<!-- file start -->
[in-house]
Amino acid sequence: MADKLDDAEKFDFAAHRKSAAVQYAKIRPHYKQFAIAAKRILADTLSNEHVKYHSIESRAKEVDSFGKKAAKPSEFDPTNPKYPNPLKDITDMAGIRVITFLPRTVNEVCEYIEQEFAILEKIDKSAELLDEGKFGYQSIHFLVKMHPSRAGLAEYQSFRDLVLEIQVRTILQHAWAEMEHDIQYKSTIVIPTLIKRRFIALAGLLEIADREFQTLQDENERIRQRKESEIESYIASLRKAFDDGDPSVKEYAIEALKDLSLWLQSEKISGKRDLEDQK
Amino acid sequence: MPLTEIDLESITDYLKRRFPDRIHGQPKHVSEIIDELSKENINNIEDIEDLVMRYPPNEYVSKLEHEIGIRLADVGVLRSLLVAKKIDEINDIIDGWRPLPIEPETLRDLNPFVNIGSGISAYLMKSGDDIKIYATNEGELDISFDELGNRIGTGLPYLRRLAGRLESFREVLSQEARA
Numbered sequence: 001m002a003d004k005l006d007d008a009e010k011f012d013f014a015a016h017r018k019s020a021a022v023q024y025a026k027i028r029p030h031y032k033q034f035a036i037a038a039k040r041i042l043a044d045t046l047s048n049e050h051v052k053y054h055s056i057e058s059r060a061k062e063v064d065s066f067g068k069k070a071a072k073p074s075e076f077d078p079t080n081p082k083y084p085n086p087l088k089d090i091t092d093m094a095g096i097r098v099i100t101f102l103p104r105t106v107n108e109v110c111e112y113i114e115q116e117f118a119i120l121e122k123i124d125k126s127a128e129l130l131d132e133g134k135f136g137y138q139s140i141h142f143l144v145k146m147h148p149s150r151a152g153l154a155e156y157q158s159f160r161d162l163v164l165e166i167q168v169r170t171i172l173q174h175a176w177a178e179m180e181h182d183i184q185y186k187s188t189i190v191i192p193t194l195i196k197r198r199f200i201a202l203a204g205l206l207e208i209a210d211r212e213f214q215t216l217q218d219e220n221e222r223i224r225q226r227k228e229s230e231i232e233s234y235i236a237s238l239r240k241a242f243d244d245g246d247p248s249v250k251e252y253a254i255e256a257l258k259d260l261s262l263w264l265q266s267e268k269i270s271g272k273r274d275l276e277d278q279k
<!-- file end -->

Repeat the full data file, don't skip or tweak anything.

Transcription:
[in-house]
Amino acid sequence: MADKLDDAEKFDFAAHRKSAAVQYAKIRPHYKQFAIAAKRILADTLSNEHVKYHSIESRAKEVDSFGKKAAKPSEFDPTNPKYPNPLKDITDMAGIRVITFLPRTVNEVCEYIEQEFAILEKIDKSAELLDEGKFGYQSIHFLVKMHPSRAGLAEYQSFRDLVLEIQVRTILQHAWAEMEHDIQYKSTIVIPTLIKRRFIALAGLLEIADREFQTLQDENERIRQRKESEIESYIASLRKAFDDGDPSVKEYAIEALKDLSLWLQSEKISGKRDLEDQK
Amino acid sequence: MPLTEIDLESITDYLKRRFPDRIHGQPKHVSEIIDELSKENINNIEDIEDLVMRYPPNEYVSKLEHEIGIRLADVGVLRSLLVAKKIDEINDIIDGWRPLPIEPETLRDLNPFVNIGSGISAYLMKSGDDIKIYATNEGELDISFDELGNRIGTGLPYLRRLAGRLESFREVLSQEARA
Numbered sequence: 001m002a003d004k005l006d007d008a009e010k011f012d013f014a015a016h017r018k019s020a021a022v023q024y025a026k027i028r029p030h031y032k033q034f035a036i037a038a039k040r041i042l043a044d045t046l047s048n049e050h051v052k053y054h055s056i057e058s059r060a061k062e063v064d065s066f067g068k069k070a071a072k073p074s075e076f077d078p079t080n081p082k083y084p085n086p087l088k089d090i091t092d093m094a095g096i097r098v099i100t101f102l103p104r105t106v107n108e109v110c111e112y113i114e115q116e117f118a119i120l121e122k123i124d125k126s127a128e129l130l131d132e133g134k135f136g137y138q139s140i141h142f143l144v145k146m147h148p149s150r151a152g153l154a155e156y157q158s159f160r161d162l163v164l165e166i167q168v169r170t171i172l173q174h175a176w177a178e179m180e181h182d183i184q185y186k187s188t189i190v191i192p193t194l195i196k197r198r199f200i201a202l203a204g205l206l207e208i209a210d211r212e213f214q215t216l217q218d219e220n221e222r223i224r225q226r227k228e229s230e231i232e233s234y235i236a237s238l239r240k241a242f243d244d245g246d247p248s249v250k251e252y253a254i255e256a257l258k259d260l261s262l263w264l265q266s267e268k269i270s271g272k273r274d275l276e277d278q279k